Ordinary Goodness: Soup from Leftovers and a FAST Stew

Over at Sarah’s Diary there is an entry on soup from Leftovers.  I can practically smell how good that must be just from her description of how her leftovers go into the pot and other items are added to cook all day.  Mmmmmmmm!

Leftovers can achieve “prime time” by becoming Vegetable soup. Example in point, we served our company a leg of lamb roast.  There were a few leftovers and they entered my soup pot first.  I added little bits of stuff that I found in the refrigerator. These little bits of leftover foods included garlic, onions, celery, cabbage, sweet peppers, tomatoes, potatoes and carrots. So far so good. Next came the fun part. The dried herbs from last summers garden– oregano, basil, sage, and parsley, were added by the handful.  Salt and black pepper were next.   The soup kettle will simmer all day on the back of the stove.

I really enjoy a good soup or stew.  My husband prefers the chunkiness and thickness of a stew so that is what I work on learning to do better.

Now, I am less of a cook than Aunt Sarah.  She grows much of her own food and preserves her produce and so has access to plenty of marvelous things for her soup pots.  I don’t do all those things but I do like a stew that is quick and easy. I base it on how many people will be eating.

So here is my fast stew:

frozen veggies:  One bag of bell pepper and onion mix per person; one bag of mixed, low carb veggies per two people. a small handful of frozen turnip greens or spinach per person.  Put all these frozen veggies into a pot on the stove.

Cans of ORGANIC three bean mix:  I choose one can per three people, rinse the contents fully and add the beans to the pot.   (another option is to cook dried beans up and freeze them until you want them for stew.)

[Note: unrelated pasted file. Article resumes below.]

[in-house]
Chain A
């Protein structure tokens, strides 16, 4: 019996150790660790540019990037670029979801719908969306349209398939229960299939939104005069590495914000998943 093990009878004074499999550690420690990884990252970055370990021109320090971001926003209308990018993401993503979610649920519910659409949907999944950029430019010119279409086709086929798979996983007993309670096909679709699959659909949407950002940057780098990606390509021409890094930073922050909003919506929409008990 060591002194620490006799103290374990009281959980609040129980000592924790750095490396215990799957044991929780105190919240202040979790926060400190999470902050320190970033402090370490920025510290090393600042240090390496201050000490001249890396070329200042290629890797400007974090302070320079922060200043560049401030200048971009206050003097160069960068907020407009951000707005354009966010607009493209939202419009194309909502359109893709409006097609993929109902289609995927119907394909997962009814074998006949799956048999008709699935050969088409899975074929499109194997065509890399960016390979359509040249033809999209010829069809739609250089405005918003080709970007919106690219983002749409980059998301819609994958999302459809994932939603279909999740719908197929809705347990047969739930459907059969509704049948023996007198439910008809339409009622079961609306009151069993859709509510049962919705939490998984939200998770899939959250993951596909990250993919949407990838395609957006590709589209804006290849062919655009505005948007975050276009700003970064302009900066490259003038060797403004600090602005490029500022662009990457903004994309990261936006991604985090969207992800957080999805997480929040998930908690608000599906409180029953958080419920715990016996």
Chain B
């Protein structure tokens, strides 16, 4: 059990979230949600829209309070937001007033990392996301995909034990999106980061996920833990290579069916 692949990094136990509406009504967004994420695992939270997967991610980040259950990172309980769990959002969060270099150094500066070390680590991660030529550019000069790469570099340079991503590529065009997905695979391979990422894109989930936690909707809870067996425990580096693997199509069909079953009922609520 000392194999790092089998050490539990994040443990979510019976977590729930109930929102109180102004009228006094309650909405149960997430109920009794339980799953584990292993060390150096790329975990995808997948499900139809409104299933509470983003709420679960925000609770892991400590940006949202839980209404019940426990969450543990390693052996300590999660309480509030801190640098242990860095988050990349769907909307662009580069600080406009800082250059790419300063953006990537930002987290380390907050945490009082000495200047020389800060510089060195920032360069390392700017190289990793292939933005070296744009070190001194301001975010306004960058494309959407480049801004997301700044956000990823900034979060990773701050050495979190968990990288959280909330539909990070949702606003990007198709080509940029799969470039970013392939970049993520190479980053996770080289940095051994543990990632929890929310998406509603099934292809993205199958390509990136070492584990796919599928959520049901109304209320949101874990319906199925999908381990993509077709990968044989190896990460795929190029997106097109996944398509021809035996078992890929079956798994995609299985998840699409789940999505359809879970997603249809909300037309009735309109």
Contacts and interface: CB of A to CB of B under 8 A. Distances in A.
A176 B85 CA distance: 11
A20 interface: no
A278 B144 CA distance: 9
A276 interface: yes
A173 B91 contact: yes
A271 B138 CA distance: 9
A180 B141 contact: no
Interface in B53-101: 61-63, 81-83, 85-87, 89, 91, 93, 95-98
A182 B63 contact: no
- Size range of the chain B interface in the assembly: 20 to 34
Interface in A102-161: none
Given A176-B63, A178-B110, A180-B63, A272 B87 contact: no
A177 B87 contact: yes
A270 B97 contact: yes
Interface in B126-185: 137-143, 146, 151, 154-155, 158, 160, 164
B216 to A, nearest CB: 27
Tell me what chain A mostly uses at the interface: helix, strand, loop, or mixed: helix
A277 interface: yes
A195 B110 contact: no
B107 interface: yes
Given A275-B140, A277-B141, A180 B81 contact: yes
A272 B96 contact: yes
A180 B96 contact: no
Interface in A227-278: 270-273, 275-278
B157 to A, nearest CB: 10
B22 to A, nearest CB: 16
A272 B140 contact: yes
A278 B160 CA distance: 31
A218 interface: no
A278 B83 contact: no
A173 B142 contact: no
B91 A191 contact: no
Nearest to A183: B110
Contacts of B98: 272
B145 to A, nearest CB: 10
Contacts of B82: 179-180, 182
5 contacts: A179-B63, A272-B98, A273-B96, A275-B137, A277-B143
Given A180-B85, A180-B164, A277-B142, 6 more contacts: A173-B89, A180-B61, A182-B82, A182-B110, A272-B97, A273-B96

Cans of ORGANIC tomatoes: one can of diced tomato with basil, and one can of fire roasted tomatoes for every two persons.  READ the labels and be sure to avoid any that include corn syrup!

Dried Italian Seasoning mix or your favorite seasonings NO SALT:  I use a generous amount, a couple of handfuls at least, as much as a cup, it depends on how much you like seasoning.   Here I recommend Italian because with this much tomato the stew is really good Italian.

Cook thoroughly.  This can be eaten once it has come to a simmer and is totally hot.  This can also simmer on low or in a slow cooker for a couple of hours.  EASY.


  • I sometimes use diced tomatoes with peppers in place of the tomato and basil, then use a Mexican seasoning mix, including lots of cilantro and paprika.
  • Sometimes I’ll even add a dollop of green salsa to the bowl before serving– pretty and delicious!
  • place tabasco, and other interesting things (salsas or horseradish or or worchestshire) on the table so others can add more heat or other flavors as they so desire.

I’m not much of a cook over-all.  Certainly not in the class of Sarah at Sarah’s Diary.  I do however, appreciate good food that is both flavorful and healthy.  I like finding ways that are efficient to meet the tasks that go with my vocation in life.  Both Aunt Sarah’s wonderful recipe for turning leftovers into a good soup and my shortcut to a flavorful stew are examples of healthy and delicious means to fulfill this part of my vocation.  I hope you enjoyed today’s blog post.

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